Using a virtual hospital for patient flow management decision support
- Prof. Shaowen Qin, Flinders University
- Time: 2019-11-15 17:00
- Host: Prof. Xiaotie Deng
- Venue: Room 101, Courtyard No.5, Jingyuan
It is beyond the capacity of the human mind to process large amounts of interdependent information, such as predicting the dynamic behavior of a complex system and evaluating the short and long term effects of potential interventions aimed to improve its operations. At the same time, it is extremely costly to test these interventions with the real world system subject to improvement. Fortunately, we have moved to an era where advancements in computing and software technology have provided us the capabilities to build virtual complex systems (simulation models), that can serve as risk-free digital platforms for running pilot experiments with potential system interventions and obtain comparative data for decision support and optimization. We have developed HESMAD (Hospital Event Simulation Model: Arrivals to Discharge), a virtual hospital based on a typical Australian hospital, for this purpose. We present a couple of examples of its application to test patient flow decongestion solutions and provide some experience-based discussions on various issues involved in simulation modelling, such as model validation and interpretation of simulation results.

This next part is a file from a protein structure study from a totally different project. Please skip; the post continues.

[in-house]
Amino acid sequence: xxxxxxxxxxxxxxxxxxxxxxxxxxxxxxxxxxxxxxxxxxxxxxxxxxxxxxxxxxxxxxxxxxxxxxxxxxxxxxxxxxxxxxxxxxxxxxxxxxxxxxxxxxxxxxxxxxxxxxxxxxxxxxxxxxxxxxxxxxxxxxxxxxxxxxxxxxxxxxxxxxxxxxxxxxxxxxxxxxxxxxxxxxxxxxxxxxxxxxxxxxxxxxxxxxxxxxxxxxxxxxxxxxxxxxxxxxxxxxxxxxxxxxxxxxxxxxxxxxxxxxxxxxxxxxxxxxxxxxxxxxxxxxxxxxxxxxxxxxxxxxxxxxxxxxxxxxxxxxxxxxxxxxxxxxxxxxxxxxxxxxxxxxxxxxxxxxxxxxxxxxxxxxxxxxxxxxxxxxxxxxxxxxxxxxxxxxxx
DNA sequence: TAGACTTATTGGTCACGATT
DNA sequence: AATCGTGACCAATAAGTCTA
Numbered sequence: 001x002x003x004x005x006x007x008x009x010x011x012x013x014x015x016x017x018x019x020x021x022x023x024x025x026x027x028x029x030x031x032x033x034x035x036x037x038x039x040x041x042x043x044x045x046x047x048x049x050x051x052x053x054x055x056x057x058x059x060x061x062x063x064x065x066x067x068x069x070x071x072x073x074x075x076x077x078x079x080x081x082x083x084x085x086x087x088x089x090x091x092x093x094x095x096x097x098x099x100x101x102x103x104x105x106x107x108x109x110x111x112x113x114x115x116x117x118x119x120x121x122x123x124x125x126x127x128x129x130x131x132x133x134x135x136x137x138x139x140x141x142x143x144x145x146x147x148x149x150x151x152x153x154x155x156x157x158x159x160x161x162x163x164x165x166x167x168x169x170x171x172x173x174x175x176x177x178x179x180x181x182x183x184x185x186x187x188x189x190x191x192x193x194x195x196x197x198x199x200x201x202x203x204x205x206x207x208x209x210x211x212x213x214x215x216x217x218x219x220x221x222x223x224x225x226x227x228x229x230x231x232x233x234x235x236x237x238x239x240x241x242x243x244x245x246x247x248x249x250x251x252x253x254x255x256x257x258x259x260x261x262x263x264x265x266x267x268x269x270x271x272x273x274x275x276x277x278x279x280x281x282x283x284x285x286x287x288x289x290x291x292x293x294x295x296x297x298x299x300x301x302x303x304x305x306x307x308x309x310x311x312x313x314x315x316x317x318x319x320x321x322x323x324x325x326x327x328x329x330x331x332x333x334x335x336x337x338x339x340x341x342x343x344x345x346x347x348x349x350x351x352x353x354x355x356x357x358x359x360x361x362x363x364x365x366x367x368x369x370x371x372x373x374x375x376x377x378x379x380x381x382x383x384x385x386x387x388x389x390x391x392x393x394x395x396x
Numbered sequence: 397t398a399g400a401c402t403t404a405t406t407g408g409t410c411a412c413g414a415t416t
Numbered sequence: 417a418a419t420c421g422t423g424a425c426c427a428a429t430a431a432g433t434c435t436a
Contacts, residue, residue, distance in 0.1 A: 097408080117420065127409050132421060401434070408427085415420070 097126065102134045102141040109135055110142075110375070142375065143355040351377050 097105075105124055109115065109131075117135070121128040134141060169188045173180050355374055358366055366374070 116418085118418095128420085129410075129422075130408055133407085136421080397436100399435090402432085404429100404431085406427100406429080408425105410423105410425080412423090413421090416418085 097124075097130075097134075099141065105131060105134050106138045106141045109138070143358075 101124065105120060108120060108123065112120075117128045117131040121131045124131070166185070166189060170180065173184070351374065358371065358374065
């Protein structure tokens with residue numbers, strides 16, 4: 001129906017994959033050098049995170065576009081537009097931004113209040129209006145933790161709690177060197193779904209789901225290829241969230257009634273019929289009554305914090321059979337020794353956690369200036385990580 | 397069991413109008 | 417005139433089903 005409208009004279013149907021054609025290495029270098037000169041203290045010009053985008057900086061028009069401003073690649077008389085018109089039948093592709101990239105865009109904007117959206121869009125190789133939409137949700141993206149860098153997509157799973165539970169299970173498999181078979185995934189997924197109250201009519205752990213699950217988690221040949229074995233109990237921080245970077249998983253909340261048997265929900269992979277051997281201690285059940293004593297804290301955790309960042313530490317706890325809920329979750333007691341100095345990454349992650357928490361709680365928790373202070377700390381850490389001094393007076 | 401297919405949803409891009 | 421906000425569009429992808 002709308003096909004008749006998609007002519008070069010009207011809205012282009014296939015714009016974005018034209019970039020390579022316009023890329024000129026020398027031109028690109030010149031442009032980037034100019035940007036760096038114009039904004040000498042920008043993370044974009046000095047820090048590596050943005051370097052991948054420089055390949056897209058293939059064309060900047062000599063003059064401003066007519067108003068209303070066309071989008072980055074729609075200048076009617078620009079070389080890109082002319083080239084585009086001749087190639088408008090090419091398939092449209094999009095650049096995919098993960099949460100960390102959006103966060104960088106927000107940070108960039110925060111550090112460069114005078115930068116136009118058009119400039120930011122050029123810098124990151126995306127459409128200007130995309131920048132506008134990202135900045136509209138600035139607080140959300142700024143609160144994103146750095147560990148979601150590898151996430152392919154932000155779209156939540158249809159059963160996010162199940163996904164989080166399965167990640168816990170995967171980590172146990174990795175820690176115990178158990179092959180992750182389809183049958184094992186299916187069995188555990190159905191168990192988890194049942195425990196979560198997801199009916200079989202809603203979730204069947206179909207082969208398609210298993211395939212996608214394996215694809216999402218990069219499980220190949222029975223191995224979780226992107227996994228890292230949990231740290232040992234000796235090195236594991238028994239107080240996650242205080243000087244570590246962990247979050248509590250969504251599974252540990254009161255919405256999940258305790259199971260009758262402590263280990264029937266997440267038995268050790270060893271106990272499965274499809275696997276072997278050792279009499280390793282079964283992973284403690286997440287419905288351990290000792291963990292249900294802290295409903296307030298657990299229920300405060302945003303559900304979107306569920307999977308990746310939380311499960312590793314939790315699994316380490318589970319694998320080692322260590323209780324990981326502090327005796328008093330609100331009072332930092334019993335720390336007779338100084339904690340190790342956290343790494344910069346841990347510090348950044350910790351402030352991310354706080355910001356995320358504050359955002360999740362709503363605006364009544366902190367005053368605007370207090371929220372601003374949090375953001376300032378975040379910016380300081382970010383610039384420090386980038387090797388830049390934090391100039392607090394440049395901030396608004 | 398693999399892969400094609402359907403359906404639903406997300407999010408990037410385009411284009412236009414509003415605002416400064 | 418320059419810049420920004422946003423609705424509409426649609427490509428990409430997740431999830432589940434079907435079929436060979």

Shaowen is an Associate Professor at the College of Science and Engineering of Flinders University, Australia. Her research interests include workflow and process optimisation; simulation modelling of dynamic behaviour of complex systems; and artificial intelligence (AI) based decision recommendation. Shaowen studied Engineering Mechanics at Tsinghua University, Applied Mathematics at Illinois Institute of Technology (US), and Theoretical and Applied Mechanics at Northwestern University (US). She worked at the National University of Singapore and Motorola Global Software Group in its U.S., Singapore and Australia Software Centres before joining Flinders University. With a multi-disciplinary background and industrial work experience, she aspires to solve complex real-word problems, especially those faced by the healthcare industry, using advanced research findings and computing technologies.